- 2009 – 2016 Holden Cruze 1.8L F18D4
- 2007 – 2010 Holden Astra AH 1.8L Z18XER
- 2001 – 2005 Holden Astra TS 1.8L Z18XER
- 2013 – 2015 Holden Trax TJ 1.8L F18D4
AHS has had several occurrences where customers have purchased a new cylinder head for a Holden 1.8L Z18XER or F18D4 engines and fitted it themselves. This has resulted in no oil flow to the cylinder head and the sump filling up with coolant.
Like many other engines, this head gasket can be fitted incorrectly, and it is only after startup where the mistake is made evident. The workshop manual makes no notes on what to look for when refitting the gasket to ensure it is in the correct position. There are no markings to indicate which way is up. You must have a look and align the holes yourself.
The oil flow to the cylinder head goes from the block into an elongated hole or teardrop area at the centre cylinder to a bolt hole. The oil then flows up the bolt hole and in through a gallery to lubricate the head. If the gasket is flipped over and fitted incorrectly, it will block off oil flow to the cylinder head and causes coolant to enter the oil system from the teardrop cut out in the gasket. The head needs to come off again.
The head bolts are torque to yield and must also be replaced if loosen (See Tech Online for tension specifications), and the head gasket must also be replaced if it has been compressed.
This is not the only engine in which it is easy to fit the head gasket incorrectly, so it is up to you to take care and double check that all the holes are aligning correctly before installing the head. It might be good practice to take note of the old gaskets orientation and use it as a guide for reassembly. A few minutes at this stage will save you hours of rework, wasted parts and money.
1994 – 2018 Mitsubishi Pajero 2.8L / 3.2L
2006 – 2009 Mitsubishi Triton 3.2L
1995 – 2004 Mitsubishi Delica 2.8L
All Head Services has a recurring problem of customers destroying camshafts and either stripping threads or shearing camshaft sprocket bolts on Mitsuibishi 4M40 and 4M41 engines. This is caused by the fact that these bolts have a left hand thread.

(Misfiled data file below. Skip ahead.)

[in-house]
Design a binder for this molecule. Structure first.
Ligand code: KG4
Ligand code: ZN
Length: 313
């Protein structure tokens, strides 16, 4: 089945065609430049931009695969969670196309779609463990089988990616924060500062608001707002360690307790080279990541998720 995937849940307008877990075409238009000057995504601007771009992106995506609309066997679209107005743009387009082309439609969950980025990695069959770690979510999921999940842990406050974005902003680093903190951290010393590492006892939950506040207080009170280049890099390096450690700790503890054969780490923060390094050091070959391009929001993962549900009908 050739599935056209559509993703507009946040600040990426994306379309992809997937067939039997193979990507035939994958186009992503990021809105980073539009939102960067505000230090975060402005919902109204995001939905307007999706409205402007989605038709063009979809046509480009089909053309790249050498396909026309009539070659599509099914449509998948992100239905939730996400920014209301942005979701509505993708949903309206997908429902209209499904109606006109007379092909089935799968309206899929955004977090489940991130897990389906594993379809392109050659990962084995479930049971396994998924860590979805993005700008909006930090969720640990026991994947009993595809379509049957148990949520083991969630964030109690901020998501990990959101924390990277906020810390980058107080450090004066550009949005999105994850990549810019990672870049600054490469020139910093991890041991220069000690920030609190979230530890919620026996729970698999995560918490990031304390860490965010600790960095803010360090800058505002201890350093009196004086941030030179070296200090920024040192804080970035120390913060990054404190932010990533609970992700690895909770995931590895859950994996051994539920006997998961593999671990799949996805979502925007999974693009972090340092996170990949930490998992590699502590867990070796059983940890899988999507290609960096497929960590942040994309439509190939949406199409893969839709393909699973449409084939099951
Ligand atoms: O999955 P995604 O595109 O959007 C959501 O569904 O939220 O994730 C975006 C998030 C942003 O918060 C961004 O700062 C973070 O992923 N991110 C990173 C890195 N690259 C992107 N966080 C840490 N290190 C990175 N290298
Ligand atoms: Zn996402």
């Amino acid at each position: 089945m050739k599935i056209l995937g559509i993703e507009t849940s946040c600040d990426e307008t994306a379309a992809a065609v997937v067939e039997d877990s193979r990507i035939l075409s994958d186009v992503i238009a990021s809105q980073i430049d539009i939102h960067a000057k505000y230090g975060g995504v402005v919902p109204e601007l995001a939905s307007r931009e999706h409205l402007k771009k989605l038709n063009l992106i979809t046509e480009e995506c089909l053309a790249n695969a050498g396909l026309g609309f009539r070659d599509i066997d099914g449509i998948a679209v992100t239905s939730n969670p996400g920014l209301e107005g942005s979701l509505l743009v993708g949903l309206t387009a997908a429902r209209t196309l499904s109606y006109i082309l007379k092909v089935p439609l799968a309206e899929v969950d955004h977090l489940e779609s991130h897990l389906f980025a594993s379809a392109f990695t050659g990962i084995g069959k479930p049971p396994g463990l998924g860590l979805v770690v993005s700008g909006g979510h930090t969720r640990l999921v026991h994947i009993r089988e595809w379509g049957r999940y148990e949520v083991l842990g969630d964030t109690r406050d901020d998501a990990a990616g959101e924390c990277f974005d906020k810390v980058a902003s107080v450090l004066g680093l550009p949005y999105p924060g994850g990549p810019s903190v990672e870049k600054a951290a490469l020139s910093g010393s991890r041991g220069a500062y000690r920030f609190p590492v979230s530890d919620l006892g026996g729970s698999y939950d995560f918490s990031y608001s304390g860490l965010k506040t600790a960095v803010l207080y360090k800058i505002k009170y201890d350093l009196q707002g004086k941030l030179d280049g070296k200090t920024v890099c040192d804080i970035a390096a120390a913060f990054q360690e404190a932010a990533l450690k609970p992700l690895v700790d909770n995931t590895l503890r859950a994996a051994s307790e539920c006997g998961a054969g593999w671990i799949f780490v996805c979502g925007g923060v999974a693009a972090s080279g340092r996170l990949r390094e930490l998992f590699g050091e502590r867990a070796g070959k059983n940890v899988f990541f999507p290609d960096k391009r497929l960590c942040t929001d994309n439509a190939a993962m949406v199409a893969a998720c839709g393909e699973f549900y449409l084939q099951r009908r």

In the July 2018 issue of Tech Talk (page 4536) we discussed the typical applications of left hand threads and how they are marked. The convention for identifying a nut or bolt with a left hand thread is with grooves cut into the corners of the hexagon. However, Mitsubishi have gone their own way.
The camshaft bolts on the 4M40 and 4M41 engines have an arrow cast into the head of the bolt to indicate the tightening direction, which in this case is anti-clockwise.
When these black bolts are covered in black and possibly sludgy diesel oil, these arrows cannot be seen and the bolts do not have the grooves cut into the corners of the hexagon to make it evident that they are a left hand thread. As a result, technicians are applying excessive torque in the wrong direction to try and undo the bolts which is leading to expensive damage.
If you have been using a rattle gun on these bolts, then realise that you are turning them the wrong way, it is recommended that you replace the bolts, as is it is highly likely that you have streteched the bolt beyond its yield point.
When loosening or tightening the camshaft bolts on these engines, you should hold the camshaft with an open-ended spanner on the hexagon part of the camshaft. Do not use the timing chain to hold the camshaft as you could damage components or skip teeth. The torque specifications for these camshaft bolts are:
4M40: 90 Nm
4M41: 88 Nm
Using a left hand thread on the camshaft sprocket is rare and using an arrow on the end of the bolt to identify it is unconventional. This is another trap to remember when working on these engines.
AHS recently had contact from a customer who had purchase a Nissan Patrol TB42 cylinder head, and after fitting had a complaint of oil in the cooling system. The cylinder head had been on the vehicle for seven months and had only travelled 2000km. The vehicle was dual fuel with petrol and LPG. The cylinder head was removed and sent back to AHS, along with the head gasket.
Upon inspection, the head was found to be bent .010″ with the obvious cause being severe detonation (which is uncontrolled combustion). This had melted the cylinder head around the combustion chamber fire ring area, leading to the head gasket failure, which is how the oil got into the coolant.